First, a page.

Ageing and Sexing of Migratory East Asian Passerines 

By Gabriel Norevik et al.

Atlas Contact

English review here

Also published in Dutch on



Birds of Thailand_cover.jpg

De Zilvermeeuw

By Kees Camphuysen

Atlas Contact

Published in Limosa 91.2


Birds of Thailand

By Treesucon & Limparungpatthanakij

Lynx Edicions

Published on


The Birds of Spurn

By Andy Roadhouse

Spurn Bird Observatory

Also be published on

Eden XP 10x42

English review here 

Dutch review published on


Spurn Wildlife 2016

By Rael Butcher & Tim Jones (eds)

Spurn Bird Observatory

Birds of New Guinea

By Phil Gregory

Lynx Edicions

Published on

Published in Australian Birdlife


Field guide to the birds of Suriname

By Arie Spaans, Otte Ottema and Jan Hein Ribot


Published on

Review in Dutch

Birds of the Indonesian Archipelago

By James Eaton, Bas van Balen, Nick Brickle and Frank Rheindt

Lynx Edicions

Published on


Wildfowl of Europe, Asia and North America

By Sébastien Reeber

Christopher Helm

Published on

Undiscovered owls

By Magnus Robb and the Sound Approach

Published on

Little Bunting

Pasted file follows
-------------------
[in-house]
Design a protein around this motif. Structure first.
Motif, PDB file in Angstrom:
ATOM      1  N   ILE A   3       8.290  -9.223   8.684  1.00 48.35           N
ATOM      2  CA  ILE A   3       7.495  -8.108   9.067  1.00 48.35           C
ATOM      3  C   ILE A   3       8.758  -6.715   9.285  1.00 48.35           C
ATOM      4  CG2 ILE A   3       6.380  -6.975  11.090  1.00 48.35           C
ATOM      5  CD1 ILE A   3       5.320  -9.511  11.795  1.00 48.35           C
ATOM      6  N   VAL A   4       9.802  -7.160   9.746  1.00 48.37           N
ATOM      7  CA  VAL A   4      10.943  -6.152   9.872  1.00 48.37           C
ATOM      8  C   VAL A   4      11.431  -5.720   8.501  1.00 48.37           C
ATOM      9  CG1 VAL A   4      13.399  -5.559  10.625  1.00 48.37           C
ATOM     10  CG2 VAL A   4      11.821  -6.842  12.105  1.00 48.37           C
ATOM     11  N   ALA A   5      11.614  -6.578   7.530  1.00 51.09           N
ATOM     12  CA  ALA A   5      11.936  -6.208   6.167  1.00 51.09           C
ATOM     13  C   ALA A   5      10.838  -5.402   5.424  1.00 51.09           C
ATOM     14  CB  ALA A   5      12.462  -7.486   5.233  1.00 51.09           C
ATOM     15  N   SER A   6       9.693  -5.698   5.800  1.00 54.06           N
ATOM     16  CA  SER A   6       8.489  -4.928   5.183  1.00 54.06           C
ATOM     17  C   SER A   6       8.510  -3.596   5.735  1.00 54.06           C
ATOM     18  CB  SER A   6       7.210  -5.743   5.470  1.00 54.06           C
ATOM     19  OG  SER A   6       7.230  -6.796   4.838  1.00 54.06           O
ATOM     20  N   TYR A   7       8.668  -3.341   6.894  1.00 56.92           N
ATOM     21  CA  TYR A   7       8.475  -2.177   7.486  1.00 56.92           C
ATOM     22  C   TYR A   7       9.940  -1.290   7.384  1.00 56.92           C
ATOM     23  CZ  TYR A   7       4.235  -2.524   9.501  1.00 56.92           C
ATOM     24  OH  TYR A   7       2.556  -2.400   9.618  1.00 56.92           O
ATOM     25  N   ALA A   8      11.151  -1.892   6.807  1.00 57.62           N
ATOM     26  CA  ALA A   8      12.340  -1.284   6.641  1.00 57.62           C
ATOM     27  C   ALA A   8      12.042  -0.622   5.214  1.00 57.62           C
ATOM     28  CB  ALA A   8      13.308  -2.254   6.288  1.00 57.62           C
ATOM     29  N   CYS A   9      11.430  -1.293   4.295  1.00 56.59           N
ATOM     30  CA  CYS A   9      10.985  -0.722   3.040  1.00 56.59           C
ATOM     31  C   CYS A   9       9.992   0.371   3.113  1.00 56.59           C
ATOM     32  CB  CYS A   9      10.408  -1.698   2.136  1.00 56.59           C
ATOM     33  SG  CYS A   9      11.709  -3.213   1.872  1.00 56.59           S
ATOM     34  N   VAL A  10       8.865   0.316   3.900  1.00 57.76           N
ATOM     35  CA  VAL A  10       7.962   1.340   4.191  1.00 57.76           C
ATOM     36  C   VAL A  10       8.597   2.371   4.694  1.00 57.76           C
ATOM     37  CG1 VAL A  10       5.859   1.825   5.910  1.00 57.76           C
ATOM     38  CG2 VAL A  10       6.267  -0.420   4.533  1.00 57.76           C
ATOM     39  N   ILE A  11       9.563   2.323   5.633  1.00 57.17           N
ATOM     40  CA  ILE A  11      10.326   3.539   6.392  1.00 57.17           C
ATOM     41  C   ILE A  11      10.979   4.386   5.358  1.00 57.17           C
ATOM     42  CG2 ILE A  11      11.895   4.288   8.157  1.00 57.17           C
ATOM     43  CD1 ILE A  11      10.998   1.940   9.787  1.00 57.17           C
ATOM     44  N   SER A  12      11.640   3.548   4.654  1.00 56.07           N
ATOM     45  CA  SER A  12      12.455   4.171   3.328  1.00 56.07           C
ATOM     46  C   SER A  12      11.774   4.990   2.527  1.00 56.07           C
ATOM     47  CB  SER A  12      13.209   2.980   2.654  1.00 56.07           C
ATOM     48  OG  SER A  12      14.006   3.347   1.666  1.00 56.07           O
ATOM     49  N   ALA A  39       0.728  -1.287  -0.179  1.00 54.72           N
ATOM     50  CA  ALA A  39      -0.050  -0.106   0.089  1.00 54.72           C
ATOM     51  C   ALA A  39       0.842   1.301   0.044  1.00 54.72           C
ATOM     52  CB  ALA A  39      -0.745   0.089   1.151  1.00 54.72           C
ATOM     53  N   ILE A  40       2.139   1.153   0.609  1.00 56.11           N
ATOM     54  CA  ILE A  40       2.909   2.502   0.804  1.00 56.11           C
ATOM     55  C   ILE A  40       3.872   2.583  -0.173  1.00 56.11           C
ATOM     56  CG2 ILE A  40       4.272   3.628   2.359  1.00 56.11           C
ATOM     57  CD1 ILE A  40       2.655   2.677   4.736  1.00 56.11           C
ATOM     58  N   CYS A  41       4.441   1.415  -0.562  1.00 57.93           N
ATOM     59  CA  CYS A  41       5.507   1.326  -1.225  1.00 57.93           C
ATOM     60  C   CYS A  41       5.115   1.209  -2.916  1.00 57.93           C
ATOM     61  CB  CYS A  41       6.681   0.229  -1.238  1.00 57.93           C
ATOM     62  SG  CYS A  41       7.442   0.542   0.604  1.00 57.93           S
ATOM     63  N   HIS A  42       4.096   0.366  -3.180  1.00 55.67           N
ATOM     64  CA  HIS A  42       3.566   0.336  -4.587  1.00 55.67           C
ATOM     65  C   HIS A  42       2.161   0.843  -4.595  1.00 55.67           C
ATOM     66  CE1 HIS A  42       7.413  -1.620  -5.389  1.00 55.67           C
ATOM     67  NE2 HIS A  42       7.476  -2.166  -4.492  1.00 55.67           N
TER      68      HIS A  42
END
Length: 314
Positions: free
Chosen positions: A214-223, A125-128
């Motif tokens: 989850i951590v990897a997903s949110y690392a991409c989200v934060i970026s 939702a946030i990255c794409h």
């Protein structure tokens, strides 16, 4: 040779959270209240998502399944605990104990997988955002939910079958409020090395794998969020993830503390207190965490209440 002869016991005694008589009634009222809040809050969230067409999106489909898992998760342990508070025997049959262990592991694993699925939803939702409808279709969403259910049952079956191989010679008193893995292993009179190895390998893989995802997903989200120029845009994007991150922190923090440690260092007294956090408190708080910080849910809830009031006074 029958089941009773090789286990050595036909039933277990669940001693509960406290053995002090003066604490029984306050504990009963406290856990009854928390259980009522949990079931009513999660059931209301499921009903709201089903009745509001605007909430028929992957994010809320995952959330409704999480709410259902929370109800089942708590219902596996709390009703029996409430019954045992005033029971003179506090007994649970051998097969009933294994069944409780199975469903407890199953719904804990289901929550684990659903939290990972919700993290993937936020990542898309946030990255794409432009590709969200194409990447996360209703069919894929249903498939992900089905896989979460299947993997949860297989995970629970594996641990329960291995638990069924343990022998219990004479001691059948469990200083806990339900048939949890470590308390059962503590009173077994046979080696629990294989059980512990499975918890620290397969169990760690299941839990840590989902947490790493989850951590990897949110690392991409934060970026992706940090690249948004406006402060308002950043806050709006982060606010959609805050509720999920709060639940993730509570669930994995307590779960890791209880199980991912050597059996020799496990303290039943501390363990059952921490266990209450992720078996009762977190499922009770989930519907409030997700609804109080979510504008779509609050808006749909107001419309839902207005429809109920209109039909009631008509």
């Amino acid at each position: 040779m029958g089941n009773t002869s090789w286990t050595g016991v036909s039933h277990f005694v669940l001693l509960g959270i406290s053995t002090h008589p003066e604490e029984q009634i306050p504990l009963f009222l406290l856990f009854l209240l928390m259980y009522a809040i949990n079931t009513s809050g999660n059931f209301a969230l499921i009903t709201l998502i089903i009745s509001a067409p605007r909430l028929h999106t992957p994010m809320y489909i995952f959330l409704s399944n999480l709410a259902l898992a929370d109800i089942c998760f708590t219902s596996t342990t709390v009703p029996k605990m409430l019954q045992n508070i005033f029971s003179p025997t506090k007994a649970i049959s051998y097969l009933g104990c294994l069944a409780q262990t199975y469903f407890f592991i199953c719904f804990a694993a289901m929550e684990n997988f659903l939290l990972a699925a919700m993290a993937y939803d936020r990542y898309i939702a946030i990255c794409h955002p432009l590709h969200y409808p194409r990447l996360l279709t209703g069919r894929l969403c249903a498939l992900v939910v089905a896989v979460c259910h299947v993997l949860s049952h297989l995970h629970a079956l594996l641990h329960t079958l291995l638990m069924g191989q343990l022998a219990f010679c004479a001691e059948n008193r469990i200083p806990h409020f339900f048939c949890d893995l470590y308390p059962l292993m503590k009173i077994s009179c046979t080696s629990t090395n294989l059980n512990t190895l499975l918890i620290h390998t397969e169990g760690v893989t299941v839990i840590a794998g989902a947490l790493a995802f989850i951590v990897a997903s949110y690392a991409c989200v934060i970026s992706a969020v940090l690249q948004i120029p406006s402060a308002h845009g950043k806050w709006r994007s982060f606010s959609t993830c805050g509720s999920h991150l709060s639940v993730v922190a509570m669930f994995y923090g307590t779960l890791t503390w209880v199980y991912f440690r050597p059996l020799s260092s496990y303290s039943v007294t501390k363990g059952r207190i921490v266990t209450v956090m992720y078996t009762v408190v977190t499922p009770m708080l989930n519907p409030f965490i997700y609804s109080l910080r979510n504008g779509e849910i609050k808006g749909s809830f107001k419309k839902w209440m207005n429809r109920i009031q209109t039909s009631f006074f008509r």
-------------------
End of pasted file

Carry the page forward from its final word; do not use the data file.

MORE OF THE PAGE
The most interesting thing about this chapter is the sexing of birds. This could be done on the basis of lateral crown stripe: a new feature for me. Because of overlap between adult females and young males, birds should first be aged. The authors emphasize that this is their vision, and not necessarily the final answer to this matter. I found one in the field in October (Figure 4-5) of which I took reasonable pictures. The very rounded tail feathers look adult, as do the tertials and large coverts. The lateral crown stripe appears to be jet black and is separated from other feathers, such as the greyer back of the head. The orange-red crown stripe really stands out. Conclusion: according to this book this must be an adult male! The deep brown-red cheek - a variable feature according to this book - also fits that. So it works then? Well… how useful this really is, remains the question: based on this book I would label two "females" in Shirihai & Svensson (p546 both top right and bottom right) as males! The caption of one of these even mentions "safely identified as a female" because it has a relatively dull plumage for an adult bird. But is also has a jet black, strongly separated lateral crown stripe! The bird at the bottom right even has a pretty deeply coloured cheek, which I would be happy to call a male. Is this due to different insights, and if so, who should I believe? Or am I not interpreting this correctly? In any case, it is fascinating!

© 2018 by Vincent van der Spek